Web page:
N. Richard Nash’s gentle romantic comedy The Rainmaker, which currently serves as the Cary Players Community Theatre Company season finale at the Cary Arts Center, exhibits both the graces and the flaws of the traditional well-made play. On the plus side: A set of vivid, likeable characters; intelligent and idiosyncratic dialogue which, together, provide the actors a rich feast to sink their collective teeth into; and a through-line that moves the story, and the figures within it, toward its sweetly inevitable climax with confident certainty. On the minus: A surfeit of expository remarks; a slightly threadbare reliance on pat plot mechanics; and an overall decency of intent that is, however pleasing, also credulity-straining.

Nash’s chamber comedy — a modest success in 1955 with Geraldine Page and Darren McGavin as the plain farm daughter Lizzy Curry and Bill Starbuck, the cheerful con-man whose promise to bring rain to the parched land sets the conflicts to run — became a popular movie in 1957 (Katharine Hepburn and Burt Lancaster were Lizzy and Starbuck). Best of all, its early 1960s musicalization served as the Broadway calling card for Harvey Schmidt and Tom Jones following the phenomenon of The Fantastaicks. Their collaboration with Nash, now called 110 in the Shade, ran longer than the original and boasts a score that rates as one of the finest of its era — a musical-comedy that is nearly operatic in scope and composition, and a bit of whose plaintive, Coplandesque strains opens the Cary Players production.

Unfortunately, most of the actors here mistake longuers for tension, leaving the mind to wander and dwell on dramaturgical defect a swifter, and sharper, production might blot away. Nor is it helpful that so many lines are inadvertently dropped, leading to gaps in the narrative flow. The characterizations are largely skin-deep, the happy exceptions being Phil Crone as Lizzy’s wily, loving father and Steve Whetzel, whose Starbuck errs toward the over-emphatic but who at least has presence. In the critical “old maid” scene between the con man and Lizzy, Natalie Turegon nearly rises to the occasion; Whetzel actually does.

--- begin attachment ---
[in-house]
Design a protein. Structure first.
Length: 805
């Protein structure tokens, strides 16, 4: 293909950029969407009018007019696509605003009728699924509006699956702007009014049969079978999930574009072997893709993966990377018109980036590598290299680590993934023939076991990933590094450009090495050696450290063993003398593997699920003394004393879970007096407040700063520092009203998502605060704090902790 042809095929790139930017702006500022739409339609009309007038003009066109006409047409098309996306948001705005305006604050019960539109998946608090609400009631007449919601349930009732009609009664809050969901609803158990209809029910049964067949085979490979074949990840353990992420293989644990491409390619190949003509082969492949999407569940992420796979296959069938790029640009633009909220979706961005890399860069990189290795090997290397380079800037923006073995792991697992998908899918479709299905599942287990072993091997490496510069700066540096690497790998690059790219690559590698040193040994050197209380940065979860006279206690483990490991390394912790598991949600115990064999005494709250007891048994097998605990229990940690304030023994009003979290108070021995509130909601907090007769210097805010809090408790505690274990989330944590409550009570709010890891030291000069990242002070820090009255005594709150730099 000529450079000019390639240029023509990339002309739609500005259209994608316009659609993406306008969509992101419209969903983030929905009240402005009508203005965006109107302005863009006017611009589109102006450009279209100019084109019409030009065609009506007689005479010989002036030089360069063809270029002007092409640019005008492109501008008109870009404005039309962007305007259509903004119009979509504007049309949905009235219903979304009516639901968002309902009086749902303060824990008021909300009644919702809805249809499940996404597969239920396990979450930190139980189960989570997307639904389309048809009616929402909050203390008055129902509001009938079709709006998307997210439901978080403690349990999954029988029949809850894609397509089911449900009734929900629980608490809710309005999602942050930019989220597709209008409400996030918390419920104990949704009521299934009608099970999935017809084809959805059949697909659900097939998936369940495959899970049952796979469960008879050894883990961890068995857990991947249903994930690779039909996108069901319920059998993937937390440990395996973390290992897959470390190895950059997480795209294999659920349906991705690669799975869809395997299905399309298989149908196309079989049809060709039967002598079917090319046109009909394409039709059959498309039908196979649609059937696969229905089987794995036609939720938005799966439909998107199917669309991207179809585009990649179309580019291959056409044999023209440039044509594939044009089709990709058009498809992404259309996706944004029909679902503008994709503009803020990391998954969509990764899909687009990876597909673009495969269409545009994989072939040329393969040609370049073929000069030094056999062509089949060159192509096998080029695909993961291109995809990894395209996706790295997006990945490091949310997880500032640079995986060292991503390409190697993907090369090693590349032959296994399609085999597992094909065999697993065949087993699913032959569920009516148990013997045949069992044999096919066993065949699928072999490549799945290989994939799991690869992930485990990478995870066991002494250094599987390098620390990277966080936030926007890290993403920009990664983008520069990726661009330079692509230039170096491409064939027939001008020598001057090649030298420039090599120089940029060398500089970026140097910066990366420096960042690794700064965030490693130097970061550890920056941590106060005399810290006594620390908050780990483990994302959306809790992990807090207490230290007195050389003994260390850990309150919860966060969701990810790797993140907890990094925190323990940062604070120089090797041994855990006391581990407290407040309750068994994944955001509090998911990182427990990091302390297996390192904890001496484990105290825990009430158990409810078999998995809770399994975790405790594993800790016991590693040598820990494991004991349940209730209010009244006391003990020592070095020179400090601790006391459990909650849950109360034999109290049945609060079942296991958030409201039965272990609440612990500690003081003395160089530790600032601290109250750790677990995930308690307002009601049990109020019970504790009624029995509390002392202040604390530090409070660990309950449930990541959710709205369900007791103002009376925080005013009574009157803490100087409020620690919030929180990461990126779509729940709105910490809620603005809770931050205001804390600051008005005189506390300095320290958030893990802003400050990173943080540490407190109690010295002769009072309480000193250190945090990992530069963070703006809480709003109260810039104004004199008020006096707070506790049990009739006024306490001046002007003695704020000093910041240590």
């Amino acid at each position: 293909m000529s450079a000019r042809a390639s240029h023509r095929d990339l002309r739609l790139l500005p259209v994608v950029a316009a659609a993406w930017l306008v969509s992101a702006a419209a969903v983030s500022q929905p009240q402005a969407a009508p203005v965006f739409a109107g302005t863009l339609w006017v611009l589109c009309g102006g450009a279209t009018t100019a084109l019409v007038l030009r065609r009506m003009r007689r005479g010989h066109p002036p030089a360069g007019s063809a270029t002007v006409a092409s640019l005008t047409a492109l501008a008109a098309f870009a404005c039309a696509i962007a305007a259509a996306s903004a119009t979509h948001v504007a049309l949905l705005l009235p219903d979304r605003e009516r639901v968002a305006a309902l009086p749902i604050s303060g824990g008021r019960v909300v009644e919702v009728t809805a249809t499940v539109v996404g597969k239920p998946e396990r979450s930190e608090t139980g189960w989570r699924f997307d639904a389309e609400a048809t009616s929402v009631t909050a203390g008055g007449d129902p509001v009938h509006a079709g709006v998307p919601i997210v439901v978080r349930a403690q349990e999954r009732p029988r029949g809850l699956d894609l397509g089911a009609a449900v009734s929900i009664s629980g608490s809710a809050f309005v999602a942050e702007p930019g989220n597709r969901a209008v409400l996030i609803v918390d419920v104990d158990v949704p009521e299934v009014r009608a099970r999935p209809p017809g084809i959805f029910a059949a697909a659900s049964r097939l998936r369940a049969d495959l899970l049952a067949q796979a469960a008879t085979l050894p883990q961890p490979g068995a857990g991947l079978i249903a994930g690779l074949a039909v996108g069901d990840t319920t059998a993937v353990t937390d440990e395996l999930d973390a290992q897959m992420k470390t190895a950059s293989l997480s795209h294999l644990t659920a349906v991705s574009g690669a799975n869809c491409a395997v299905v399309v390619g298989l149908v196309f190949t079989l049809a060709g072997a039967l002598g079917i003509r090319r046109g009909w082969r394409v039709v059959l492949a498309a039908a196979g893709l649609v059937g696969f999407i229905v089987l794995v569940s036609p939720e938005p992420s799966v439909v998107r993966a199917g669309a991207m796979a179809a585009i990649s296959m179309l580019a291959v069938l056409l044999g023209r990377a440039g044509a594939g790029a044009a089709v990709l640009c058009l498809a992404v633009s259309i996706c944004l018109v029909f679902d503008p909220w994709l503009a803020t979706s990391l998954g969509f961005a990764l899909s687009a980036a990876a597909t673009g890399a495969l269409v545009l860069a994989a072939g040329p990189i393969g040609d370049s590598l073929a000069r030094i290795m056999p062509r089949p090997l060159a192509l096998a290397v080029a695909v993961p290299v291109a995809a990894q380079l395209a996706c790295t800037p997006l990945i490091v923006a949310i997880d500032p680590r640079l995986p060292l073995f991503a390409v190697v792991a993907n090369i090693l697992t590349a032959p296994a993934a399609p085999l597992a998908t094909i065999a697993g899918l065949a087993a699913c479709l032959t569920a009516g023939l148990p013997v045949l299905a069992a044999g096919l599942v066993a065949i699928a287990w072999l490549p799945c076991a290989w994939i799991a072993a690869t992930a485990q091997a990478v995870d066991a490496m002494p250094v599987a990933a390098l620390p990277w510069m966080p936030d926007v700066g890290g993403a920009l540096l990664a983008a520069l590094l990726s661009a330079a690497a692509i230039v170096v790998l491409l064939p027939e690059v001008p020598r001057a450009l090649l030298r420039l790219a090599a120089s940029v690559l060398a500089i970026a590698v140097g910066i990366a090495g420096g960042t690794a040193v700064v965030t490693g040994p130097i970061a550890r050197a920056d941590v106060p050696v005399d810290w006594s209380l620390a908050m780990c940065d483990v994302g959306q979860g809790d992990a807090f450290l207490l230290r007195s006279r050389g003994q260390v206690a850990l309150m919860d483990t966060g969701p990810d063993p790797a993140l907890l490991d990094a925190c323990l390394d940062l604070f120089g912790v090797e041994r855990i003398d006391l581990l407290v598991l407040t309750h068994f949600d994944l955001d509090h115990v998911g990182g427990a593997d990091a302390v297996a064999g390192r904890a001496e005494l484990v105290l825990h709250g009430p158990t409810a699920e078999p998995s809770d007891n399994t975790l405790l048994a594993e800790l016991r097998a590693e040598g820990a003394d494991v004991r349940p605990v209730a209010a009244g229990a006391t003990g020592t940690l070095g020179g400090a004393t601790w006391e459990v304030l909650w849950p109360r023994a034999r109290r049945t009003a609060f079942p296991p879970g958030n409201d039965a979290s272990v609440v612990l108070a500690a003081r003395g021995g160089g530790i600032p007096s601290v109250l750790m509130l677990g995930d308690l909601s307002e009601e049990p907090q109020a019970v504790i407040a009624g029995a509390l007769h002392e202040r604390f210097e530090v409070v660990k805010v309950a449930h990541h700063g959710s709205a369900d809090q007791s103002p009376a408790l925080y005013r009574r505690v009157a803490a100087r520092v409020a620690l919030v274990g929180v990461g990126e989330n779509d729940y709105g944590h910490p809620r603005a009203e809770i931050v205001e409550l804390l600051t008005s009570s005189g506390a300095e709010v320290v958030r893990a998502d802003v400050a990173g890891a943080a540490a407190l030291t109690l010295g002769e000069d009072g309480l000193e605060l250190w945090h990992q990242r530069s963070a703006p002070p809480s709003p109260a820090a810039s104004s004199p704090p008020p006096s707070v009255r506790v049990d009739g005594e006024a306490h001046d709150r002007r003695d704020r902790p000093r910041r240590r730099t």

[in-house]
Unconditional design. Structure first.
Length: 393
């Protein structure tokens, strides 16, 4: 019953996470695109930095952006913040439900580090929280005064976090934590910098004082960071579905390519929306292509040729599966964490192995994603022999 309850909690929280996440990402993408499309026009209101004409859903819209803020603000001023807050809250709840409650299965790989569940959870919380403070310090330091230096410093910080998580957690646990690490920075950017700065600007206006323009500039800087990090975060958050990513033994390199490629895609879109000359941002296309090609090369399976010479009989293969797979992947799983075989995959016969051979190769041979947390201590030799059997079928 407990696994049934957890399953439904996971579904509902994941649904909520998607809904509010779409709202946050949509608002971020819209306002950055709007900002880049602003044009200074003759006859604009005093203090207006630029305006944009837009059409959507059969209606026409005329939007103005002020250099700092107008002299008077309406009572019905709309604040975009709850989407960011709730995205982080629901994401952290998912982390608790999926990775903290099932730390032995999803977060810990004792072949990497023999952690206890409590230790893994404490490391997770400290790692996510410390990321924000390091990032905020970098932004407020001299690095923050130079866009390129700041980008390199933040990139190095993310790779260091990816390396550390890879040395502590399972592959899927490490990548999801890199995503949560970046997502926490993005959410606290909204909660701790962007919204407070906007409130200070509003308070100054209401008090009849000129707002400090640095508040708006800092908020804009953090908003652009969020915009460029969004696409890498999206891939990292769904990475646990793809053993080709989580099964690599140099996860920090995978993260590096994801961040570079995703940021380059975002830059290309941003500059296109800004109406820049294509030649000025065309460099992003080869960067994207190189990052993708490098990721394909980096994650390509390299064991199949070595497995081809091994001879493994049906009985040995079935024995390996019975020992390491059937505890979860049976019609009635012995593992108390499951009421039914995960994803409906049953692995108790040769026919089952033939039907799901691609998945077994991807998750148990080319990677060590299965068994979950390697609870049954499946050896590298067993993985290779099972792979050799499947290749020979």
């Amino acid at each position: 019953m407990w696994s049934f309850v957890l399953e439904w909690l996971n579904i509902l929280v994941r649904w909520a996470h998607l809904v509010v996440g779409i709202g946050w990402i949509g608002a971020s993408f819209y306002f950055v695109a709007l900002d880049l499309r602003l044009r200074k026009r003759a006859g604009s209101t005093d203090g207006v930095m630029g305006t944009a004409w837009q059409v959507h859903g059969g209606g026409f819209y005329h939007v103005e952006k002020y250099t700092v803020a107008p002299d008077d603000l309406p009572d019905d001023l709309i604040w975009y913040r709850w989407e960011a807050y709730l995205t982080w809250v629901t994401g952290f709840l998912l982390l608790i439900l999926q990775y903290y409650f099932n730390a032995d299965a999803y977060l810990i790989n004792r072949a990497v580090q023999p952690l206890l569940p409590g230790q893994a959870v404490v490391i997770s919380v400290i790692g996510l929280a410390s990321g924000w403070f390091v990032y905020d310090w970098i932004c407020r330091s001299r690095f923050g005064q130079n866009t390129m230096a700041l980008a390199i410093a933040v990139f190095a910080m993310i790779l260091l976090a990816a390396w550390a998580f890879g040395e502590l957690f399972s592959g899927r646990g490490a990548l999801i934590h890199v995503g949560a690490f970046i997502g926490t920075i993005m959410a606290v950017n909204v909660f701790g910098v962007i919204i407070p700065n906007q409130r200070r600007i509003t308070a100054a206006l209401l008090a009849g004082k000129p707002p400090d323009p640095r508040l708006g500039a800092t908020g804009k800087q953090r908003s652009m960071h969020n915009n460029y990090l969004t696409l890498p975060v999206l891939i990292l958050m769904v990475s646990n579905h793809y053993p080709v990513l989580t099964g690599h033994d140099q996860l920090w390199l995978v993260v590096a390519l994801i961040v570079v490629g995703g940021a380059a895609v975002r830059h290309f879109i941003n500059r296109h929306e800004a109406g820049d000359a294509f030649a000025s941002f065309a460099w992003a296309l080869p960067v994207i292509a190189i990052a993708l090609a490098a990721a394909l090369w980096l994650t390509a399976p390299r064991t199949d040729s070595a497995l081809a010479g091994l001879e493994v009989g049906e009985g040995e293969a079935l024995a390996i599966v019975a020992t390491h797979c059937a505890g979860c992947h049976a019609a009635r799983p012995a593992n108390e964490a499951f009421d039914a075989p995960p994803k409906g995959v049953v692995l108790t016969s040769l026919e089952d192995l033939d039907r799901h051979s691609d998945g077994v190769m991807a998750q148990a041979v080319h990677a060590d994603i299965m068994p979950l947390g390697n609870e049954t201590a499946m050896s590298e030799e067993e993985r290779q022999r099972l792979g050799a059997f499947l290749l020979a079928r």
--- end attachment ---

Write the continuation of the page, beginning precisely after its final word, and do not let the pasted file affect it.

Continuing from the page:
The correct casting for Lizzy is crucial to The Rainmaker‘s impact. Without what Nash calls “an open display of good humor,” Lizzy can seem self-pitying at best, like a bitter pill at the worst. Turegon tends to a strident, declamatory style, an over-fondness for eye rolling, and a penchant for petty snits where genuine anguish is called for.

Staci Sabarski has directed her cast to perform their monologues downstage, face-front to the audience, losing the vital connection between Nash’s characters, and many scenes are played in too tight a space, making natural movement impossible. (Especially unfortunate in a brief, badly staged fight between the deputy sheriff File and Lizzy’s younger brother Jim.)

Almost infinitely more successful are the lovely sets by Brad Sizemore, especially the rough, weathered slate of the tack-room and the bright, clean interior of the Curry home. Colorful, and authentic down to the icebox and crystal radio set, Sizemore’s is a dream set, beautifully abetted by Michael Lefler’s stylized lighting designs. If only there was a dream production to go with it.

Rainmaker continues through May 6. For details, see the sidebar.